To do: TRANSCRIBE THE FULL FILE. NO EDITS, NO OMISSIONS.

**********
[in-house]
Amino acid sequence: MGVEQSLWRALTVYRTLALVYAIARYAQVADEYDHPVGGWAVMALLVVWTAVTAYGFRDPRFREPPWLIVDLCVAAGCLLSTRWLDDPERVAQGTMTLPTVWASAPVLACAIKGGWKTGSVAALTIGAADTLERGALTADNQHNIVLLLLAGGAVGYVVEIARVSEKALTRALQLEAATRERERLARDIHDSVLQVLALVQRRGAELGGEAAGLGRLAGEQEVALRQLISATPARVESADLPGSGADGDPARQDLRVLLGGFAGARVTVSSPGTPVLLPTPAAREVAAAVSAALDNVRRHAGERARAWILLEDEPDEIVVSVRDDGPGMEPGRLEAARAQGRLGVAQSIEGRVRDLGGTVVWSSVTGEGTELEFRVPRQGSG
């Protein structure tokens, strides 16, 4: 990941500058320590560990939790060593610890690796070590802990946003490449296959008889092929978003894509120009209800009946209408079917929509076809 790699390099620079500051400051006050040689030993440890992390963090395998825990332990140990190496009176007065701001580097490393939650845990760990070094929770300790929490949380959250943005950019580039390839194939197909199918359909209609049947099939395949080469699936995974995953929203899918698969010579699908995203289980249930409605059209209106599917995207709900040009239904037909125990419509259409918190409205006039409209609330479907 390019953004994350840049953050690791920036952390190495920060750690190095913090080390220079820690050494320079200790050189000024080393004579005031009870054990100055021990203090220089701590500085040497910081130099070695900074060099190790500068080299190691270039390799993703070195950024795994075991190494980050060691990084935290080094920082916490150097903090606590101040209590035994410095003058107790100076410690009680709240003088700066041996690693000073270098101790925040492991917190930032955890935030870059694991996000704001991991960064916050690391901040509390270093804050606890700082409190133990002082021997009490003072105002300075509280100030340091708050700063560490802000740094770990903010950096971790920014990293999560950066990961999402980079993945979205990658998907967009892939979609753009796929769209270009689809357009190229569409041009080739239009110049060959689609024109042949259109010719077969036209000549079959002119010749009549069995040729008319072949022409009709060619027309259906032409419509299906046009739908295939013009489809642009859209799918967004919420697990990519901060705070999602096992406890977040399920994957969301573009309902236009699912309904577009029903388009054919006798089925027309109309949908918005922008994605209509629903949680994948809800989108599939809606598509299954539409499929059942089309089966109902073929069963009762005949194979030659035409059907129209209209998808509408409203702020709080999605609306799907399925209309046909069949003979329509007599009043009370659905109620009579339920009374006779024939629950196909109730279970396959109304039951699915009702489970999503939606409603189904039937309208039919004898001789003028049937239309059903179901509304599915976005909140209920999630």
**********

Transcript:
[in-house]
Amino acid sequence: MGVEQSLWRALTVYRTLALVYAIARYAQVADEYDHPVGGWAVMALLVVWTAVTAYGFRDPRFREPPWLIVDLCVAAGCLLSTRWLDDPERVAQGTMTLPTVWASAPVLACAIKGGWKTGSVAALTIGAADTLERGALTADNQHNIVLLLLAGGAVGYVVEIARVSEKALTRALQLEAATRERERLARDIHDSVLQVLALVQRRGAELGGEAAGLGRLAGEQEVALRQLISATPARVESADLPGSGADGDPARQDLRVLLGGFAGARVTVSSPGTPVLLPTPAAREVAAAVSAALDNVRRHAGERARAWILLEDEPDEIVVSVRDDGPGMEPGRLEAARAQGRLGVAQSIEGRVRDLGGTVVWSSVTGEGTELEFRVPRQGSG
């Protein structure tokens, strides 16, 4: 990941500058320590560990939790060593610890690796070590802990946003490449296959008889092929978003894509120009209800009946209408079917929509076809 790699390099620079500051400051006050040689030993440890992390963090395998825990332990140990190496009176007065701001580097490393939650845990760990070094929770300790929490949380959250943005950019580039390839194939197909199918359909209609049947099939395949080469699936995974995953929203899918698969010579699908995203289980249930409605059209209106599917995207709900040009239904037909125990419509259409918190409205006039409209609330479907 390019953004994350840049953050690791920036952390190495920060750690190095913090080390220079820690050494320079200790050189000024080393004579005031009870054990100055021990203090220089701590500085040497910081130099070695900074060099190790500068080299190691270039390799993703070195950024795994075991190494980050060691990084935290080094920082916490150097903090606590101040209590035994410095003058107790100076410690009680709240003088700066041996690693000073270098101790925040492991917190930032955890935030870059694991996000704001991991960064916050690391901040509390270093804050606890700082409190133990002082021997009490003072105002300075509280100030340091708050700063560490802000740094770990903010950096971790920014990293999560950066990961999402980079993945979205990658998907967009892939979609753009796929769209270009689809357009190229569409041009080739239009110049060959689609024109042949259109010719077969036209000549079959002119010749009549069995040729008319072949022409009709060619027309259906032409419509299906046009739908295939013009489809642009859209799918967004919420697990990519901060705070999602096992406890977040399920994957969301573009309902236009699912309904577009029903388009054919006798089925027309109309949908918005922008994605209509629903949680994948809800989108599939809606598509299954539409499929059942089309089966109902073929069963009762005949194979030659035409059907129209209209998808509408409203702020709080999605609306799907399925209309046909069949003979329509007599009043009370659905109620009579339920009374006779024939629950196909109730279970396959109304039951699915009702489970999503939606409603189904039937309208039919004898001789003028049937239309059903179901509304599915976005909140209920999630």